Trade Credit Explained
With trade credit, businesses will come to an understanding to allow a trade of goods and/or services instead of immediate payment, which can be helpful if working capital is limited. However, the funds will eventually have to be paid back on whatever scheduled date or repayment schedule both parties agreed on. The World Trade Organization estimates between 80% and 90% of international trade relies on trade finance!
Trade credit is extremely important for small businesses, as it can help them establish growth without having capital upfront. Trade credit may mean a better purchase deal and an interest-free loan. But these advantages are just the tip of the iceberg when discussing trade credit financing. Here, you’ll learn more about the ins and outs of trade credit!
Understanding the Basics of Trade Credit
As mentioned above, trade credit is an understanding or agreement between two businesses (these businesses can also be consumers) where money isn’t needed upfront; instead, goods and services are exchanged, and a repayment option/plan is established for a future date.
Trade finance or trade credit works only when a business offers this financing, some places refrain from offering trade credit because of the potential risk that these options may come with. Another hindrance may be practicality—some businesses do not provide easily tangible/tradeable products. However, there are many businesses, both nationally and internationally, that do offer trade credit. Infact, in today’s world, trade credit is the second most popular form of small business financing.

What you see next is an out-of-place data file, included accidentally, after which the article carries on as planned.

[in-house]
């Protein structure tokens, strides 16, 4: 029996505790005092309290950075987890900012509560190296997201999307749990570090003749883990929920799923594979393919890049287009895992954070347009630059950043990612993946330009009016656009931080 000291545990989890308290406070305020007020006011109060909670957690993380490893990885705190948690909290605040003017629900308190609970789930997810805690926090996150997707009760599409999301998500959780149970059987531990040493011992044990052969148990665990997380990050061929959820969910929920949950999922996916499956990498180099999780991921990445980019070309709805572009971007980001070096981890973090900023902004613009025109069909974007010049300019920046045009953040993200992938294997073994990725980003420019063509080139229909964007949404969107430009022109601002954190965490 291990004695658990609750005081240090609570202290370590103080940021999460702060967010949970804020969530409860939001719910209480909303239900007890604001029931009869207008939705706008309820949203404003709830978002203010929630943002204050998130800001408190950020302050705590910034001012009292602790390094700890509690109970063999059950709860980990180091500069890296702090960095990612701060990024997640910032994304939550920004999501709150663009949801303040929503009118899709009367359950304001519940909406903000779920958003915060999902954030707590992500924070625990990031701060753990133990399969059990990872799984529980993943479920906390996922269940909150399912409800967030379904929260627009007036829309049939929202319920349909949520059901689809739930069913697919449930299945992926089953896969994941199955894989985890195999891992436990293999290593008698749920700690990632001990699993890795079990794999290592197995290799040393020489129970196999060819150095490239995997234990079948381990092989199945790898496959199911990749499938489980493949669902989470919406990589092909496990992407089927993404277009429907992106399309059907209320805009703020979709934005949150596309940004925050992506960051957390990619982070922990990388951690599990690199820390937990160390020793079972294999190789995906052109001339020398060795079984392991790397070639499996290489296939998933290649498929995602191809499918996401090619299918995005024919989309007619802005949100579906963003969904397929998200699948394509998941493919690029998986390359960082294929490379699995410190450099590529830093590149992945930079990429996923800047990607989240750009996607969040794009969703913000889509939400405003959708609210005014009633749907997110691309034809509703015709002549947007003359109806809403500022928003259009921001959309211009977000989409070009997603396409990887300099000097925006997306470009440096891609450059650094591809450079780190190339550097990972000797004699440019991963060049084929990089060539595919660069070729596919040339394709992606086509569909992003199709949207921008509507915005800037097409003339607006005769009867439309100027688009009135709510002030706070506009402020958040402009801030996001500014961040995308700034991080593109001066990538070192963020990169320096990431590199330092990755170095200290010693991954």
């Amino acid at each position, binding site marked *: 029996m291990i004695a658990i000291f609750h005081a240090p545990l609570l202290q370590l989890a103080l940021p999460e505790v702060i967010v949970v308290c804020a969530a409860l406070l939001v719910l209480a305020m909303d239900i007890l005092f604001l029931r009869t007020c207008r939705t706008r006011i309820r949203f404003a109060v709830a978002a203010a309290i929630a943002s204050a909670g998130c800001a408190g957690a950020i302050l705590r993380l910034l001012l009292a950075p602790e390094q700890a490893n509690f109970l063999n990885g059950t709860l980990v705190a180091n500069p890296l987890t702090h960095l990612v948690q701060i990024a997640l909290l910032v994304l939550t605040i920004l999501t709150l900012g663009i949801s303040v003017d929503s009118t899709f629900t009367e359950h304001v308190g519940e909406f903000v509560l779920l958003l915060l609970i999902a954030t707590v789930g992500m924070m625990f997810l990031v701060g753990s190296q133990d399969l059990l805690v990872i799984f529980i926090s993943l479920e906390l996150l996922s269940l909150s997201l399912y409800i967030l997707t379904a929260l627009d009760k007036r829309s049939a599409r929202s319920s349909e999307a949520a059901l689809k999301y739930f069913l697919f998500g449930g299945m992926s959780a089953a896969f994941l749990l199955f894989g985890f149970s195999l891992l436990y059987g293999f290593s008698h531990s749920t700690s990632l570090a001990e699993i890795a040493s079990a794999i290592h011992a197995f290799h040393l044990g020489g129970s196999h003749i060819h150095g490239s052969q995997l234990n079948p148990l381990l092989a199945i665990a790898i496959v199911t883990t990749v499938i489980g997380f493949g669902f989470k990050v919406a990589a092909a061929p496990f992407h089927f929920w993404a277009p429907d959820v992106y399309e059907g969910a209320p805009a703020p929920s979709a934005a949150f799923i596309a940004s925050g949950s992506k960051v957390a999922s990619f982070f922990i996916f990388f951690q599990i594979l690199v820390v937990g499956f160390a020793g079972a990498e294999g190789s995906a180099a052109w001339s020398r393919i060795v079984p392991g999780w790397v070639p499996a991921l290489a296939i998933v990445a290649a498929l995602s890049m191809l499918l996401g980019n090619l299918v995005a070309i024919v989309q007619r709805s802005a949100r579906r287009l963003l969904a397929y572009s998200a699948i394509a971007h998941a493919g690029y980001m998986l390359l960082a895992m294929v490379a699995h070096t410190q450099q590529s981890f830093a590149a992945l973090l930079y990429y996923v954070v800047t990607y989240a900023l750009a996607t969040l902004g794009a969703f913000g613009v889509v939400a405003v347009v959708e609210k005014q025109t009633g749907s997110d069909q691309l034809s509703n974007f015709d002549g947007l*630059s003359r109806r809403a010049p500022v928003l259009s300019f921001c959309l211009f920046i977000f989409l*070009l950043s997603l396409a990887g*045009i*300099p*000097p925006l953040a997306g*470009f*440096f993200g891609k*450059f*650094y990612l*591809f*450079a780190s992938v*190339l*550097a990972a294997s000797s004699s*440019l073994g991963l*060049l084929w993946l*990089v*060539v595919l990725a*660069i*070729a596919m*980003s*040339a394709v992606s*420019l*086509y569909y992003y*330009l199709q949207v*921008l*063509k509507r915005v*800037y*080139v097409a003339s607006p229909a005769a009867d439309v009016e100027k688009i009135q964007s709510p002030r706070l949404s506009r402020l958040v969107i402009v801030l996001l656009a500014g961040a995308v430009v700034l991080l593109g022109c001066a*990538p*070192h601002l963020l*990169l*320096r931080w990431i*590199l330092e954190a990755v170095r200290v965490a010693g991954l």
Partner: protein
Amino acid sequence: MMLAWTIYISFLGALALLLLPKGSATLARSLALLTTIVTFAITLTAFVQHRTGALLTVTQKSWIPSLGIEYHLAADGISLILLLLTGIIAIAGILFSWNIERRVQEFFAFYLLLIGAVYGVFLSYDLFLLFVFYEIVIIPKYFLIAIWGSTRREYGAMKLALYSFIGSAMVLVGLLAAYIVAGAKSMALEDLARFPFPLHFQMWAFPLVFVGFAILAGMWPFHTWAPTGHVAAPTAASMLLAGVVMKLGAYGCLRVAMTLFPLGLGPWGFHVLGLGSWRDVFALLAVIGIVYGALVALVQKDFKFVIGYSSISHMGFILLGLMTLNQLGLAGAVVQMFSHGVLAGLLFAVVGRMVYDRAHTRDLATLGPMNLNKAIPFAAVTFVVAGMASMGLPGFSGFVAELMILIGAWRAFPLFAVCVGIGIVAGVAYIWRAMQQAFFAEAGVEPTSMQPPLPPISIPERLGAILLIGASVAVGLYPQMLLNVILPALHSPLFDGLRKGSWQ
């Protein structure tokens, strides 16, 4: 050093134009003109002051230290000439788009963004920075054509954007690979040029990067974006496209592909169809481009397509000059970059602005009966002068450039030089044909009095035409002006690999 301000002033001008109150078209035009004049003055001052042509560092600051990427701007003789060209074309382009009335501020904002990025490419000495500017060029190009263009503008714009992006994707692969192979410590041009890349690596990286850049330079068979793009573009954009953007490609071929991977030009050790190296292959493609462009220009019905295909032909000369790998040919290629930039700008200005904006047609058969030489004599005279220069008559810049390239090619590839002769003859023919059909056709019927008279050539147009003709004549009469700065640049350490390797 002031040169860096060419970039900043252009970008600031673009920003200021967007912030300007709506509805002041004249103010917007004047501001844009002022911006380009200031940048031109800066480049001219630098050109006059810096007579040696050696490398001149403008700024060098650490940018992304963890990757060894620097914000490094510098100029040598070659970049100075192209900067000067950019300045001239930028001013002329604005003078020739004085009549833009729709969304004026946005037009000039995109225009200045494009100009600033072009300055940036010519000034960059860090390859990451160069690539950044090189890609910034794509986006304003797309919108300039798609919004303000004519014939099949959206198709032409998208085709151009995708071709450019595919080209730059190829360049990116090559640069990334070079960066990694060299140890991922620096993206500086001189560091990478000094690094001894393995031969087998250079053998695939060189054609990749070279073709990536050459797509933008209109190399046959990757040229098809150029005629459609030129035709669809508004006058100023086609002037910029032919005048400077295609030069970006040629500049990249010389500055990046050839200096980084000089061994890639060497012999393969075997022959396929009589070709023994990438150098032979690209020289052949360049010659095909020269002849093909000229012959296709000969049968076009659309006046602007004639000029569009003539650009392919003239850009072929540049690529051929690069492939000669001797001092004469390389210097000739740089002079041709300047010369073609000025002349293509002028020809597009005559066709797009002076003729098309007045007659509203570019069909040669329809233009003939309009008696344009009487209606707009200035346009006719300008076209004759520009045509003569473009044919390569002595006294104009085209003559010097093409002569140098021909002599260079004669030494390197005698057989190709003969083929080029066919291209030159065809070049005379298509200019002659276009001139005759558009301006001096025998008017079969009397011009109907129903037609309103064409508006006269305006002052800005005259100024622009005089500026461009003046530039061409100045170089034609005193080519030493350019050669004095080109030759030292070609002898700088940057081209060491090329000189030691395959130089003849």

Once the trade is made and the businesses enter into this agreement, usually, trade credit must be repaid in 7, 30, 60, 90, or 120 days after the loan agreement. Trade credit is typically short-term financing. However, that can be extended, and some lenders offer longer repayment terms.
One thing to remember with trade credit is that customers/businesses being offered the credit may be able to save money by making an early payment.
Difference Between Trade Credit and Loans
Although trade credit and loans are both forms of financing, there are some significant differences. With a standard installment loan, borrowers get the money right away that they will have to pay back in regular monthly installments. While with trade credits, there is no cash exchange right away, and repayment may work completely differently.
Where Does Trade Credit Come From?
Trade credit comes from the businesses or financial institutions that offer this funding and is made available through products or services. When it comes to paying back a trade credit, the company that was offered the borrowing will have to make the payment back. Regarding how trade credit is made available, there are a few different types.
Types of Trade Credit Financing